With 9 out of 10 auto accidents occurring because of driver error, it makes sense that many people in Ohio would look forward to an age where self-driving cars would eliminate that error. A study from the Insurance Institute for Highway Safety, though, shows that such hopes are misplaced.

Researchers analyzed over 5,000 crashes from the National Motor Vehicle Crash Causation Survey, and noting what the driver-related factors were in these crashes, they created five categories of driver error. Planning and deciding errors, including speeding, contributed to 40% of the crashes. Sensing and perceiving errors, such as distracted driving, were behind 23%, and errors from incapacitation, such as alcohol intoxication, had a part in 10%.

The other two were predicting errors and errors in execution and performance. The former included bad judgments of traffic gaps or of other vehicles’ speed. Under the latter fell inadequate safety maneuvers and overcompensation.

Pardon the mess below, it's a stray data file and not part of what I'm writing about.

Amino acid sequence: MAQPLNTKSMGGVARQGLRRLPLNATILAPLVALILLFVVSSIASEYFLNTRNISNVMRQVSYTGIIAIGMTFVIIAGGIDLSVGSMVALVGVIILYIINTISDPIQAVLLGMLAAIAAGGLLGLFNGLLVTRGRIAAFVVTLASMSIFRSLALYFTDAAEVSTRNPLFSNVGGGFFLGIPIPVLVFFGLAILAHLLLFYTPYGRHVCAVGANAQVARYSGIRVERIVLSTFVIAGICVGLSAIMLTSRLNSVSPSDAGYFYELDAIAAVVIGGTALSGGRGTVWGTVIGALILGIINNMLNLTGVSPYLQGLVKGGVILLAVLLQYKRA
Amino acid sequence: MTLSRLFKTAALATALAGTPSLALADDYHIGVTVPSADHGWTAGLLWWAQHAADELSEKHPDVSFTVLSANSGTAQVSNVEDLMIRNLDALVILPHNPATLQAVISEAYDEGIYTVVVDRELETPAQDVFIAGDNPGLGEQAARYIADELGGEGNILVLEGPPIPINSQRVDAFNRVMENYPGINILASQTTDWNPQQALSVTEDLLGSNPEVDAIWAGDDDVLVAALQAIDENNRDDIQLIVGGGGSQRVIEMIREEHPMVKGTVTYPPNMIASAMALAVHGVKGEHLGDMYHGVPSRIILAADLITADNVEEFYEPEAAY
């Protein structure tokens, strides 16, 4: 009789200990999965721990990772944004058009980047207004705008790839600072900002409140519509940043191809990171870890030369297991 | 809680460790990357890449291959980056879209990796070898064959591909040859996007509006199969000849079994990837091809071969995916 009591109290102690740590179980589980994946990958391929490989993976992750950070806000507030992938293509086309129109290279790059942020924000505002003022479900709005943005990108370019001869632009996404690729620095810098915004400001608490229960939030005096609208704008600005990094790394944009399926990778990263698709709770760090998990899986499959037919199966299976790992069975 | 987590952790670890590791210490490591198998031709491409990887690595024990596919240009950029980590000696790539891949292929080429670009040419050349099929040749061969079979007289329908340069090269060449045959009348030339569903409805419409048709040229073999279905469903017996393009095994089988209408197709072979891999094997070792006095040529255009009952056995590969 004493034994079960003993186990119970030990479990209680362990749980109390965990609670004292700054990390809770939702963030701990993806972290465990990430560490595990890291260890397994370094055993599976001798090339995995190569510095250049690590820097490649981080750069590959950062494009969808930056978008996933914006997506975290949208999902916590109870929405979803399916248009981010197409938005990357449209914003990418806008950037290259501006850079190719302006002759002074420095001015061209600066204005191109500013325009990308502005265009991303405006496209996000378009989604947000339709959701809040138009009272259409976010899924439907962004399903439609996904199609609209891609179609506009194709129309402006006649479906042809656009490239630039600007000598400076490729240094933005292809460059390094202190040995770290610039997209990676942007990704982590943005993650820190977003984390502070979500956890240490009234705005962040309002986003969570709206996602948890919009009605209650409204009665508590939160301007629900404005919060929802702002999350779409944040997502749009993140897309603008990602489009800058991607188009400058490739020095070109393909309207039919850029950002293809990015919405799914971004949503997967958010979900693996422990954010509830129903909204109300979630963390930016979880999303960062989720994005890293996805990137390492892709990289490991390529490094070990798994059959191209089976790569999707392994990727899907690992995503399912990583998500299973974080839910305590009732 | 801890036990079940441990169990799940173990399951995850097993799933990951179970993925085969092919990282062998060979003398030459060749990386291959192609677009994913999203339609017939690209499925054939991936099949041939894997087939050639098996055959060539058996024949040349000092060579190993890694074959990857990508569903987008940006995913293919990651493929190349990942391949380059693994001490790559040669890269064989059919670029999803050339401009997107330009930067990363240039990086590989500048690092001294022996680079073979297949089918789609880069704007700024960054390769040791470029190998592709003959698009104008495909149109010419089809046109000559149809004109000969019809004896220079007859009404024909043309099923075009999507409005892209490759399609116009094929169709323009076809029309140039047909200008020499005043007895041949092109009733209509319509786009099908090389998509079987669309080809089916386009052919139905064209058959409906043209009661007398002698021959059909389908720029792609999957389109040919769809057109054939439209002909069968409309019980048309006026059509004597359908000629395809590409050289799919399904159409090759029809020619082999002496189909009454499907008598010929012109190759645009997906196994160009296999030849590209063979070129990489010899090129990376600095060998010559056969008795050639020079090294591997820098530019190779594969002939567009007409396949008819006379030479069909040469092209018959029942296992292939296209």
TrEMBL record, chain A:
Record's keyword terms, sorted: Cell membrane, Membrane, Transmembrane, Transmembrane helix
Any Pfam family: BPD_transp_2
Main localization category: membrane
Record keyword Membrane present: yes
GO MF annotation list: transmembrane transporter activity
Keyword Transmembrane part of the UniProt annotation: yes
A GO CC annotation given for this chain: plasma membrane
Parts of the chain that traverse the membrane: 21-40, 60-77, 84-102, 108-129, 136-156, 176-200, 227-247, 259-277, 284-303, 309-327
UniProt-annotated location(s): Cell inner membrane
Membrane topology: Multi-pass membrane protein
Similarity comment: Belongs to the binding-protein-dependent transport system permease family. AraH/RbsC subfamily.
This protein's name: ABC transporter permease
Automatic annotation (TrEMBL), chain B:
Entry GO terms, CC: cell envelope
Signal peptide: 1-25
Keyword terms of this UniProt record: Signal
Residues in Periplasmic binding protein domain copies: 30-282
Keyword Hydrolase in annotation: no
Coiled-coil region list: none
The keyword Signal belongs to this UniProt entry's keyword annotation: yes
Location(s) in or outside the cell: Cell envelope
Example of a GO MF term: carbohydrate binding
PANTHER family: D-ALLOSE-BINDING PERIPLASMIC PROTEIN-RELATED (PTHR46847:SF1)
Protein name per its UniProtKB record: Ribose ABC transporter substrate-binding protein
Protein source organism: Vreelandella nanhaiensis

Out of these five errors, the IIHS determined that self-driving cars, in their current state, could only prevent sensing and perceiving errors and errors due to incapacitation: in all, 33% of crashes. To prevent the other three, automakers would need to focus less on speed and convenience and more on safety. Only when they do this can self-driving cars begin to live up to their promises.

In the meantime, drivers must make sure all their actions are done with safety in mind. When they fail to exercise their legal duty to other road users and wind up causing motor vehicle accidents, they will be held liable for any injuries. Those who have incurred injury through little or no fault of their own can file a claim, but they may want a lawyer to assist since it might be hard to negotiate a settlement.